Extreme weather is a fact of life in Australia and recent East Coast storms hammered people and property. A few unlucky ones have tried to drive through a dangerous flash flood and lost their lives.
A University of New South Wales experiment in Manly Vale, Sydney, used real cars rather than miniatures to test how cars perform in water. It showed researchers just how easy it is to be carried away, even in shallow water:
- A Toyota Yaris (1.05 tonnes) moves in only 15cm deep water flowing at 3.6 kmh and floats away at 60cm depth
- A Nissan Patrol 4WD (2.5 tonnes) becomes unstable at 45cm deep and floats at 95cm depth.
Water is heavy – each cubic metre weighs 1,000 kilos. It exerts a strong force when it reaches the floor of a car. If you are inside the car, it’s very difficult to open the door and get out, because of the force of the water.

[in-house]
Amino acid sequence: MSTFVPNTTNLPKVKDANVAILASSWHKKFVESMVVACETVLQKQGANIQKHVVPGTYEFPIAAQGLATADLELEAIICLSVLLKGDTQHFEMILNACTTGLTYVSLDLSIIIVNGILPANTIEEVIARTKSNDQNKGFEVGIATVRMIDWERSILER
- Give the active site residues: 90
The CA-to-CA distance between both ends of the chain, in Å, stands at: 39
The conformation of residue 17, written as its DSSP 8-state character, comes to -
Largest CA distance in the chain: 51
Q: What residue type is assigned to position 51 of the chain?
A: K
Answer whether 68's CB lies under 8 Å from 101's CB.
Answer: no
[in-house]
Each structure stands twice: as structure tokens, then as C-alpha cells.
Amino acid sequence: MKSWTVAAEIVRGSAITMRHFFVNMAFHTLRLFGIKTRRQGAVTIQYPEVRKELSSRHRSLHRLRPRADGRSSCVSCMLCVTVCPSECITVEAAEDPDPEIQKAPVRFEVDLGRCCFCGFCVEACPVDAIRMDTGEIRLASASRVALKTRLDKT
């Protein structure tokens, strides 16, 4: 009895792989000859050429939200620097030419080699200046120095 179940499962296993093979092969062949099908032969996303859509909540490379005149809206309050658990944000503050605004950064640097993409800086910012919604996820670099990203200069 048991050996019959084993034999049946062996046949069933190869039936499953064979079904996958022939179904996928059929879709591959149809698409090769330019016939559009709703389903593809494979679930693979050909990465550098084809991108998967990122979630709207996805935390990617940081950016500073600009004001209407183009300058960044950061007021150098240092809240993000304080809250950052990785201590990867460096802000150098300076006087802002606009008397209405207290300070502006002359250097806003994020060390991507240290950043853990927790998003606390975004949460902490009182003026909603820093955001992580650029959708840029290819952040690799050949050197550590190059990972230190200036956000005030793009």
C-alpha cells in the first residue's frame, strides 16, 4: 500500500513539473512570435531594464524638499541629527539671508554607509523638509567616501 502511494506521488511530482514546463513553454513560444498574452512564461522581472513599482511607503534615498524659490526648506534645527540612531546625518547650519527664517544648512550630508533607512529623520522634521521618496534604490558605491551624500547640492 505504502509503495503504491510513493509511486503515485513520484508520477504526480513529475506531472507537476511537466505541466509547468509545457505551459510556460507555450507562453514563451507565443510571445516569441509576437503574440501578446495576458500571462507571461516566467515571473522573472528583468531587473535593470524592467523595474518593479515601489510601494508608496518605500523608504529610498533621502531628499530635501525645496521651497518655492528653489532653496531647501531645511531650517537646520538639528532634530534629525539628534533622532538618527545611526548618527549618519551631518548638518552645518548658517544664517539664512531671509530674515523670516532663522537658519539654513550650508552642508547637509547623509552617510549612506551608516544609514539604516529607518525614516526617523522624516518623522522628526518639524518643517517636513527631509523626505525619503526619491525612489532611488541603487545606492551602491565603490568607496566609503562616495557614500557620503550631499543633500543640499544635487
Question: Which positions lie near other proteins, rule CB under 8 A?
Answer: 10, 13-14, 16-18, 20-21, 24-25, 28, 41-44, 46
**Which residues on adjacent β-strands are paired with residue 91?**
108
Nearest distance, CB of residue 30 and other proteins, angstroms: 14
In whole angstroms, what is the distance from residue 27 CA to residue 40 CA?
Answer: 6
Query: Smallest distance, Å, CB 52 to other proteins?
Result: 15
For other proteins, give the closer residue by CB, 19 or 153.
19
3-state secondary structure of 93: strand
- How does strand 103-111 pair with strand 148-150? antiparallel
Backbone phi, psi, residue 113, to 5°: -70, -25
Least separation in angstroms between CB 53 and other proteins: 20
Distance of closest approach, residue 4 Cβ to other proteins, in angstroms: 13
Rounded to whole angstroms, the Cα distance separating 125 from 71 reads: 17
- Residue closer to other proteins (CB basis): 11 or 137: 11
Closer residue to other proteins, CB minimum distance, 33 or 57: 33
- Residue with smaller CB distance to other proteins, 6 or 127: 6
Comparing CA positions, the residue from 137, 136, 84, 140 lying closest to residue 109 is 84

Elon Musk, founder of Tesla, claims the new electric Model S can almost float through deep water for short periods. Petrol and diesel cars can’t do this because the water stops exhaust fumes from getting out. But no-one should ever attempt to drive through water. It is difficult to tell its depth or the speed it’s moving.
For unlucky motorists, comprehensive insurance can cover flood-related claims, but there may be a question about who is “at fault”.
Remember your green slip does not cover property damage, only injury to a person in an accident involving your car.
You may consider taking out third party property damage or comprehensive insurance to cover damage caused by unexpected floods. Better yet, don’t drive though water. Leave this to the likes of Tesla Model S – or Chitty Chitty Bang Bang.